The Central European Cooperative Oncology Group (CECOG) and 'ESMO Open-Cancer Horizons' roundtable discussion brought together stakeholders from several European Union (EU) countries involved in drug development, drug authorisation and reimbursement or otherwise affected by delayed and unequal access to innovative anticancer drugs. The approval process of drugs is well established and access delays can be caused directly or indirectly by national or regional decision-making processes on reimbursement. The two key aspects for those involved in reimbursement decisions are first the level of evidence required to decide and second pricing, which can be challenging for some innovative oncology compounds, especially in Eastern and South-Eastern European countries. Other important factors include: available healthcare budget; the structure and sophistication of healthcare authorities and health technology assessment processes; societal context and political will. From the point of view of the pharmaceutical industry, better alignment between stakeholders in the process and adaptive pathway initiatives is desirable. Key aspects for patients are improved access to clinical trials, preapproval availability and reports on real-world evidence. Restricted access limits oncologists' daily work in Eastern and South-Eastern EU countries. The roundtable discussion suggested considering the sequencing of regulatory approval and reimbursement decisions together with more flexible contracting as a possible way forward. The panel concluded that early and regular dialogue between all stakeholders including regulators, payers, patient stakeholders and industry is required to improve the situation.

3.
Oncologist ; 2019 Nov 29.
Artigo em Inglês | MEDLINE | ID: mdl-31784494

RESUMO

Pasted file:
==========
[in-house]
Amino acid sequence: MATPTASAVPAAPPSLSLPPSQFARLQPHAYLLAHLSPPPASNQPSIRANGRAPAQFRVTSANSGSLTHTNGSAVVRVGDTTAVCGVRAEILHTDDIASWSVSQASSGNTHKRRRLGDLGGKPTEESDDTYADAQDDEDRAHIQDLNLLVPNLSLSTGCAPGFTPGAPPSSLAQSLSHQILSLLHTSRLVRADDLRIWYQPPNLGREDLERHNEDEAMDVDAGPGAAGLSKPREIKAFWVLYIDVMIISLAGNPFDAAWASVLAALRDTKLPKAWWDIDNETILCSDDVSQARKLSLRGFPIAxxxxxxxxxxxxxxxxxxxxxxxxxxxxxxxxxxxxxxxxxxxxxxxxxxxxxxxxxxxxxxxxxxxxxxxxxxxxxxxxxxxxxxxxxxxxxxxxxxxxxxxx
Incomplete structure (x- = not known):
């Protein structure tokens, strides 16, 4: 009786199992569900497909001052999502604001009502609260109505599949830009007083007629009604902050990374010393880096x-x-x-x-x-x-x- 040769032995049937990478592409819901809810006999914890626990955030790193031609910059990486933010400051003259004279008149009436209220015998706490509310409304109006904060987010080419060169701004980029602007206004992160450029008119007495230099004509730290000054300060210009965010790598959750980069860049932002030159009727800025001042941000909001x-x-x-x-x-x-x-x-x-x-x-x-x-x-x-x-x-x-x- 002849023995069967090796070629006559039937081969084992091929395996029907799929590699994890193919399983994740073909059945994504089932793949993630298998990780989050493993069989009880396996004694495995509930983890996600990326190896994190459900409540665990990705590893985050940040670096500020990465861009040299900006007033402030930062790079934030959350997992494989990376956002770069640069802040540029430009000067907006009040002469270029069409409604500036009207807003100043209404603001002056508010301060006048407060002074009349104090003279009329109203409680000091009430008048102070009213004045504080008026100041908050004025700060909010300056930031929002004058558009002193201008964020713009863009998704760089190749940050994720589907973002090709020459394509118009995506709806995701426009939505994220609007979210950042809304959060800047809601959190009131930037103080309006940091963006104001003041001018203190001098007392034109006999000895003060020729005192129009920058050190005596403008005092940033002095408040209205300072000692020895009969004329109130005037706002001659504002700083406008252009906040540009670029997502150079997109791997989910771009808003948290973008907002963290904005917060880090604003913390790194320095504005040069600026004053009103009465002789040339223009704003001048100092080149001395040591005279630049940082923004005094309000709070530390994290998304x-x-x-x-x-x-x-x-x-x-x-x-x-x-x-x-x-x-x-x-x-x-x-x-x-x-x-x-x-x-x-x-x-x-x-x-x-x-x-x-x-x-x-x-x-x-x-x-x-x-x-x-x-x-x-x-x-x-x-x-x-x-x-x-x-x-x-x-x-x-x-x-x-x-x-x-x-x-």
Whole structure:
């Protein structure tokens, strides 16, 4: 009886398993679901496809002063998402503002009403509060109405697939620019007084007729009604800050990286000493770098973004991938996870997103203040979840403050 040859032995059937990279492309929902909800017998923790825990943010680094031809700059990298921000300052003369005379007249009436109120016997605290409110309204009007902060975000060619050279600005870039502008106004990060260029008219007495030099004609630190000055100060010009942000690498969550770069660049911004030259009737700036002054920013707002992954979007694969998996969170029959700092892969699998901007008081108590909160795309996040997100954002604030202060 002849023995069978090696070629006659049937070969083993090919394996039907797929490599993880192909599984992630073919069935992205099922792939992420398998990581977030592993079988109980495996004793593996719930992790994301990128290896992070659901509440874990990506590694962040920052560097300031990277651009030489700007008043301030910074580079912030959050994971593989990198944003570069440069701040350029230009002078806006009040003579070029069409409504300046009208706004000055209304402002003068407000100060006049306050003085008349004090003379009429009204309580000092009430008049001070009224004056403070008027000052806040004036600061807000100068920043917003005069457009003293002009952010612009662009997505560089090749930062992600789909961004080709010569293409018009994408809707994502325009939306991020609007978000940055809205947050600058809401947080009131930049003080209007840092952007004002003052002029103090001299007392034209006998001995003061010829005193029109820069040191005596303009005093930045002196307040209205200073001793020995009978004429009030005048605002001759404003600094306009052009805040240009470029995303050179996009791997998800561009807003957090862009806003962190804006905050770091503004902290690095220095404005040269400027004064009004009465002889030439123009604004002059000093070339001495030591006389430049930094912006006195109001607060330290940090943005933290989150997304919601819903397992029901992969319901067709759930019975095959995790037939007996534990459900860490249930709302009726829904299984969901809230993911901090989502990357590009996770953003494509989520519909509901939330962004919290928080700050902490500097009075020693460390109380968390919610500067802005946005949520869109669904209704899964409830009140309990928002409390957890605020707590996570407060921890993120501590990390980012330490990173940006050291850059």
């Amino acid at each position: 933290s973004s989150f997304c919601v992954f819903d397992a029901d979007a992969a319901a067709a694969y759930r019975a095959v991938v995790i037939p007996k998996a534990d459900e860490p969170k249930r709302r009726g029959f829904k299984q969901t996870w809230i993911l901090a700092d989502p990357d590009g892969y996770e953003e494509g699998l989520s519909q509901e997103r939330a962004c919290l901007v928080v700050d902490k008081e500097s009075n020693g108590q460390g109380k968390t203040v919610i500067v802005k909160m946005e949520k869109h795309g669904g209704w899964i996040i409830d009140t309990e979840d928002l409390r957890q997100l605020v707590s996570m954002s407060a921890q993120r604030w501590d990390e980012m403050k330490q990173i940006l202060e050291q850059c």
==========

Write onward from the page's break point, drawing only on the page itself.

BACKGROUND: Treatment of non-small cell lung cancer (NSCLC) improved substantially in the last decades. Novel targeted and immune-oncologic drugs were introduced into routine treatment. Despite accelerated development and subsequent drug registrations by the European Medicinal Agency (EMA), novel drugs for NSCLC are poorly accessible in Central and Eastern European (CEE) countries. MATERIAL AND METHODS: The Central European Cooperative Oncology Group conducted a survey among experts from 10 CEE countries to provide an overview on the availability of novel drugs for NSCLC and time from registration to reimbursement decision in their countries. RESULTS: Although first-generation epidermal growth factor receptor tyrosine kinase inhibitors were reimbursed and available in all countries, for other registered therapies-even for ALK inhibitors and checkpoint inhibitors in first-line-there were apparent gaps in availability and/or reimbursement. There was a trend for better availability of drugs with longer time from EMA marketing authorization. Substantial differences in access to novel drugs among CEE countries were observed. In general, the availability of drugs is not in accordance with the Magnitude of Clinical Benefit Scale (MCBS), as defined by the European Society for Medical Oncology (ESMO). Time spans between drug registrations and national decisions on reimbursement vary greatly, from less than 3 months in one country to more than 1 year in the majority of countries. CONCLUSION: The access to novel drugs for NSCLC in CEE countries is suboptimal. To enable access to the most effective compounds within the shortest possible time, reimbursement decisions should be faster and ESMO MCBS should be incorporated into decision making.